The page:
Much has been made about the uncertain future of Toronto Maple Leafs captain Mats Sundin. It’s not really all that uncertain, though. Chances are heavily in favor of Sundin wearing a uniform other than the blue and white by the time the trade deadline passes Feb. 26.
Come to think of it, the Vancouver Canucks wear blue and white these days, don’t they? So perhaps the notion of Sundin retaining those familiar colors isn’t so preposterous after all.
But this much we know, the Maple Leafs season is rapidly going down the sewer, which provides the perfect storm for Sundin’s departure. Despite his public proclamations that he doesn’t want to leave, several people close to Sundin insist that he will indeed waive his no-trade clause and would prefer to make it look as though the Leafs orchestrated his exit.
After everything he has endured as captain, dealing Sundin would probably be the classy thing for the Leafs to do.
Almost as much has been made of the fact that GM John Ferguson will be fired at some point very soon, but there are a number of other possible transactions that need to be examined by whichever person, or people, will make the immediate decisions for this franchise.
One of them is the possibility of trading defenseman Tomas Kaberle. Even though Kaberle has a limited no-trade clause – the team only has the right to trade him during a specific off-season window in years they don’t make the playoffs, which would mean they’d be able to deal him this summer – he has also made it clear to those close to him that, while he won’t ask for a trade, he has been so miserable this season that he would welcome one if the Leafs approached him.
The irony of all this, of course, is the Leafs might have been able to do something to avoid their current situation if they had dealt Kaberle two summers ago.
You’ll recall during the summer of 2006, Chris Pronger demanded a trade from the Edmonton Oilers and the Leafs were high on his list. Kaberle’s five-year deal and no-trade clause still had a couple of days before it was due to kick in and the Oilers asked for Kaberle and winger Alexander Steen, who was coming off an impressive rookie season.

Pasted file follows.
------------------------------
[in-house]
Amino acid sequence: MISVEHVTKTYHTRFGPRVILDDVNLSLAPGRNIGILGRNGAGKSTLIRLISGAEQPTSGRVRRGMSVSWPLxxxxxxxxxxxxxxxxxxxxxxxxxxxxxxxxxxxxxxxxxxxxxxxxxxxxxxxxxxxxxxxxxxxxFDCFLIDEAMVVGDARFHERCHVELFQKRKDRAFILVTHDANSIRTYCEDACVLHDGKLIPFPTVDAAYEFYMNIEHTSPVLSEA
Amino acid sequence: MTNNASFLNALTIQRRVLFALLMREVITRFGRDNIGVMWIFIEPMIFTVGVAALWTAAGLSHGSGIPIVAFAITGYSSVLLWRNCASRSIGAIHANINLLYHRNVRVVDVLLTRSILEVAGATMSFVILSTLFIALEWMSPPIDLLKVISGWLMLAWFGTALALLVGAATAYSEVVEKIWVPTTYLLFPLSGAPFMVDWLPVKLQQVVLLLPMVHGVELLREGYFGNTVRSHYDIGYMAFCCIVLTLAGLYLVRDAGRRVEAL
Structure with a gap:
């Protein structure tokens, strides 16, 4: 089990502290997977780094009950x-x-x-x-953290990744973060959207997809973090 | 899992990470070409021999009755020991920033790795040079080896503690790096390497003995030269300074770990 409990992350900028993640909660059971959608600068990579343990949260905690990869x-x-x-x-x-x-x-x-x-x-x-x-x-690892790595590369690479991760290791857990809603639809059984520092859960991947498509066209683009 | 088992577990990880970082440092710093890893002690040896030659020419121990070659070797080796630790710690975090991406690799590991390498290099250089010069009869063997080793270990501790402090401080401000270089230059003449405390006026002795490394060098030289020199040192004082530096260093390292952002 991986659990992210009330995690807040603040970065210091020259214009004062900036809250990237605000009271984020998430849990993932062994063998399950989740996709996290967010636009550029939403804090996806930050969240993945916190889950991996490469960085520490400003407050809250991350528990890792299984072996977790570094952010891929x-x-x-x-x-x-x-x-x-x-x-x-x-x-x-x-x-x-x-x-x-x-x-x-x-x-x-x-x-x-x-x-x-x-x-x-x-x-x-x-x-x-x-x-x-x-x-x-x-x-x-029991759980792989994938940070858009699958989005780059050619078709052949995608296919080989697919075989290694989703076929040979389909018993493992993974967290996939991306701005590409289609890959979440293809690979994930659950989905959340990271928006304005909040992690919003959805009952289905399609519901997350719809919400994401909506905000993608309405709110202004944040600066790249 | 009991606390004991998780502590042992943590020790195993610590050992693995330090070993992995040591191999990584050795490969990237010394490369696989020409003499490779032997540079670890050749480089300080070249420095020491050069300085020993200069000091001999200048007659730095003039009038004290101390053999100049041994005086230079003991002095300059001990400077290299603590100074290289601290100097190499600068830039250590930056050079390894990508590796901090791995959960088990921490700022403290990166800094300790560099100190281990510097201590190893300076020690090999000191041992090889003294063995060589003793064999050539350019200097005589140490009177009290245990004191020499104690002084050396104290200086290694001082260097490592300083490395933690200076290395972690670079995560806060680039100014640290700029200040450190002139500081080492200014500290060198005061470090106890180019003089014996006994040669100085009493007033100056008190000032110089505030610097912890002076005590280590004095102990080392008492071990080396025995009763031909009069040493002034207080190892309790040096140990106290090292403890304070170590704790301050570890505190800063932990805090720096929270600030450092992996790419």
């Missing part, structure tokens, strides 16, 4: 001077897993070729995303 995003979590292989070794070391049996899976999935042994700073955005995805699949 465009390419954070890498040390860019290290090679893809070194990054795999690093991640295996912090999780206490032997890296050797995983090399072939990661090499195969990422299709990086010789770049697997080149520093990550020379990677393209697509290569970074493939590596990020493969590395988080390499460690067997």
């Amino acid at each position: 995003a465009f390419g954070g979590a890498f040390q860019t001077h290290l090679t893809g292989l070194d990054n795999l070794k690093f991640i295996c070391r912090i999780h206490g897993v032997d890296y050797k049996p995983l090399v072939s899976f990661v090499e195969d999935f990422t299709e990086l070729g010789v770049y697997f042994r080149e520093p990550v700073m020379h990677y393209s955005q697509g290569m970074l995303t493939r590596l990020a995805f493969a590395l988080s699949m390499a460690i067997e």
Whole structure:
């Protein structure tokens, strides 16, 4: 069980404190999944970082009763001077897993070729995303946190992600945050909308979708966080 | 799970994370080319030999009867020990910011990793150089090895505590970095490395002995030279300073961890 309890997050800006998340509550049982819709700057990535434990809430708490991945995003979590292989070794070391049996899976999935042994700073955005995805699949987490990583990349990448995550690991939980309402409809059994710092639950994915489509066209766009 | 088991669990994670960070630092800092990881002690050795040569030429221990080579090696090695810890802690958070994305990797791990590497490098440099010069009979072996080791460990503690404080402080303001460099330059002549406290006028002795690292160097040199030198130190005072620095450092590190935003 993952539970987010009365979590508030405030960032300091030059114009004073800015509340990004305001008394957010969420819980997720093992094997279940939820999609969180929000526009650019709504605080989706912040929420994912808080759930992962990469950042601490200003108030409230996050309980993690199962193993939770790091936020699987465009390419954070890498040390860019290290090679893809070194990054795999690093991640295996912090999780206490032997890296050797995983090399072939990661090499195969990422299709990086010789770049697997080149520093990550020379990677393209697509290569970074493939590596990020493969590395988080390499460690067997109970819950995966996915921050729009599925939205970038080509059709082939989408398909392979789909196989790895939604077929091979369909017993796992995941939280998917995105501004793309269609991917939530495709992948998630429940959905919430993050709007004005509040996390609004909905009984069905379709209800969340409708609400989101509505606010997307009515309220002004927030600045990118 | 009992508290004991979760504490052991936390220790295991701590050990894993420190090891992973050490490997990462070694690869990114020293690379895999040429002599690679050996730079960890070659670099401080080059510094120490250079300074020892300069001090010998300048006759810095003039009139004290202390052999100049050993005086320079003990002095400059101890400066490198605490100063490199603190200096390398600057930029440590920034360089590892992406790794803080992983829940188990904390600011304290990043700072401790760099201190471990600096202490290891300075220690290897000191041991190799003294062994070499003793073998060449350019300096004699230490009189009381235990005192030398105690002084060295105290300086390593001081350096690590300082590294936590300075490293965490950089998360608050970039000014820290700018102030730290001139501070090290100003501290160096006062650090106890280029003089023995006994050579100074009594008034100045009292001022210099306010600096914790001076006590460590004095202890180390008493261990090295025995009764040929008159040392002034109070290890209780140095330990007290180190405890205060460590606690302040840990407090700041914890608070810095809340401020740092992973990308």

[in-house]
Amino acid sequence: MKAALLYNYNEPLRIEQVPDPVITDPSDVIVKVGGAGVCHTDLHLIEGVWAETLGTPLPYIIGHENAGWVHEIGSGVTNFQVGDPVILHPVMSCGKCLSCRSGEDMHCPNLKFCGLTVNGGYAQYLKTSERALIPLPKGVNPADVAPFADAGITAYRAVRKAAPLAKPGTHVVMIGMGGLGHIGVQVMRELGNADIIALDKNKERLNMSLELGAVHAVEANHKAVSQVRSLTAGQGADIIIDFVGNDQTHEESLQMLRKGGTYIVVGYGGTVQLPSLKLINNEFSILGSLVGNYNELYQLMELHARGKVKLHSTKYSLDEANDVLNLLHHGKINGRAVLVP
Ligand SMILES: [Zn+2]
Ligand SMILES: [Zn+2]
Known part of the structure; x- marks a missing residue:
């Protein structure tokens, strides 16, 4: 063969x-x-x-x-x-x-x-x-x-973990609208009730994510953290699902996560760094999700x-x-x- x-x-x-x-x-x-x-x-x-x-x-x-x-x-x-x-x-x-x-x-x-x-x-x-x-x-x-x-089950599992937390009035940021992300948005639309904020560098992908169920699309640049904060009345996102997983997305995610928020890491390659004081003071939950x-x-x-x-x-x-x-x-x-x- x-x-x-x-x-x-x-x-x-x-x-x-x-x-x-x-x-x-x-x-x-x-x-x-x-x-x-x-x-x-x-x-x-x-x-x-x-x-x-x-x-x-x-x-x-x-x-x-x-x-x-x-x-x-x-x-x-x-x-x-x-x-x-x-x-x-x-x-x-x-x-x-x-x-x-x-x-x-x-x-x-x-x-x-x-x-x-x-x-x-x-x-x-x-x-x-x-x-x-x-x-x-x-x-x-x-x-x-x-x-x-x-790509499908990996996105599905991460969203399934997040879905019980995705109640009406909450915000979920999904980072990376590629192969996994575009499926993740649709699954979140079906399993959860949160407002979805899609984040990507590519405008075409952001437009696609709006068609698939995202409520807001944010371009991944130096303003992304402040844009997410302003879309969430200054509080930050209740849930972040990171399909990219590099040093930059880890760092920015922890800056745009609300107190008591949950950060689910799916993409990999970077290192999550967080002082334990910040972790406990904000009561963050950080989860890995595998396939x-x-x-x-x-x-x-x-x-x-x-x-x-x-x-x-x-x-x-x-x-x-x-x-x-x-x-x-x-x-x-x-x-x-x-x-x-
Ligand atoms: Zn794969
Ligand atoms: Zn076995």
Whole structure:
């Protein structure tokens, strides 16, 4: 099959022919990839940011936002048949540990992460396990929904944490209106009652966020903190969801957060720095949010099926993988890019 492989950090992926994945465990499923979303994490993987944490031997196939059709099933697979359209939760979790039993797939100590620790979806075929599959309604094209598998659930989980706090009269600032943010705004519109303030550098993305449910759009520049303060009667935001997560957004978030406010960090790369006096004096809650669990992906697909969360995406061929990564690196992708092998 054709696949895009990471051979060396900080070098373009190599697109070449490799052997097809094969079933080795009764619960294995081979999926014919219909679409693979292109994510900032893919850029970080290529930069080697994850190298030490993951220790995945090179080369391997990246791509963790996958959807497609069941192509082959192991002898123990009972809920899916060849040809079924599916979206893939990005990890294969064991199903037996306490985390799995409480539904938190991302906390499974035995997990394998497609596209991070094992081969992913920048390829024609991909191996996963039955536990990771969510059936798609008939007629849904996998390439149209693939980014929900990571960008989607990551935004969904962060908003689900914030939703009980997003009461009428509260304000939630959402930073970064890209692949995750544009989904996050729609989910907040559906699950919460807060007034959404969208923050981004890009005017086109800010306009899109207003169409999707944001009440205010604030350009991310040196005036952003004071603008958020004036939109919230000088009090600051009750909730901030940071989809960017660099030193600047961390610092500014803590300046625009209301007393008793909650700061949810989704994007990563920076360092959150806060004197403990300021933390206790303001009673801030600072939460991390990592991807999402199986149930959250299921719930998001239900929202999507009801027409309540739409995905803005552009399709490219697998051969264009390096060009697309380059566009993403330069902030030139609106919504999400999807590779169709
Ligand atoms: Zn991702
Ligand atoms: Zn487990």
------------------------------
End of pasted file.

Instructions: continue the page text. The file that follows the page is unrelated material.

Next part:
The Leafs were willing to part with Kaberle, but dealing Steen was a non-starter in the deal and the Leafs gave up getting the kind of dominant defenseman they’ve never had in their history because they wouldn’t trade a player who is looking very much like a career third-liner.
It’s those kinds of personnel decisions that are going to get Ferguson fired. If you can believe it, the Leafs have never had a single Norris Trophy winner in their history and they could have had one if not for Ferguson’s stubborn insistence on keeping Steen.
Whoever replaces Ferguson will have the opportunity to deal Kaberle now, but there would undoubtedly be risks attached to dealing far and away the best defenseman on a defense corps that’s already one of the worst in the NHL. But if the Leafs are intent on blowing this thing up rather than tinkering, Kaberle is one player who could fetch a significant return and one whose departure must be seriously contemplated.
After all, despite the Maple Leafs woes, Kaberle is 11th in scoring among defensemen and is on pace for a very respectable 51 points this season. His ability to move the puck and, particularly, make the first pass out of the zone, is something that almost every team needs in abundance.
He’s averaging 24:51 in ice time this season and is easily capable of taking on a 30-minute workload in the playoffs without a significant drop-off in his game. Any team trading for Kaberle would have him not only for this season, but another three after this one at a very reasonable salary cap hit of $4.25 million.
The problem from a Leafs perspective is that Kaberle turns 30 in March. They probably think he’s still young enough to contribute to a turnaround because they saw the Philadelphia Flyers do it last year. But the Leafs are a far more desperate case than the Flyers ever were.
First of all, the Flyers had young players with potential such as Mike Richards and Jeff Carter, the type of commodities the Leafs are without. Also, the Flyers were able to get rid of all their big-money contracts, which left them with plenty of cap room when the likes of Daniel Briere became free in the summer.
The Leafs aren’t near as lucky. Players such as Bryan McCabe, Pavel Kubina, Darcy Tucker and Jason Blake are virtually untradeable and all have significant salaries in the coming seasons. By the way, that’s another reason why JFJ is going to get fired.
That leaves Kaberle and Sundin, two players whose departures would undoubtedly leave the Leafs worse off in the short run, but could provide the foundation for an earnest rebuilding plan the Leafs haven’t seen in decades.
Kaberle could fetch at least as much as Sundin in a trade, probably even more because he’s seven years younger and still has three years remaining on his deal. That would make him far more valuable than a trade deadline rent-a-player.
It would cause pain and anguish, not to mention a couple more years out of the playoffs, but it’s simply something the Leafs must seriously consider if they’re intent on paying anything more than lip service to their intention to become a contender once again.
Ken Campbell’s Cuts appears Mondays only on The Hockey News.com.
One of THN’s senior writers, Ken Campbell gives you insight and opinion on the world of hockey like no one else. Subscribe to The Hockey News to get Ken’s expertise delivered to you every issue.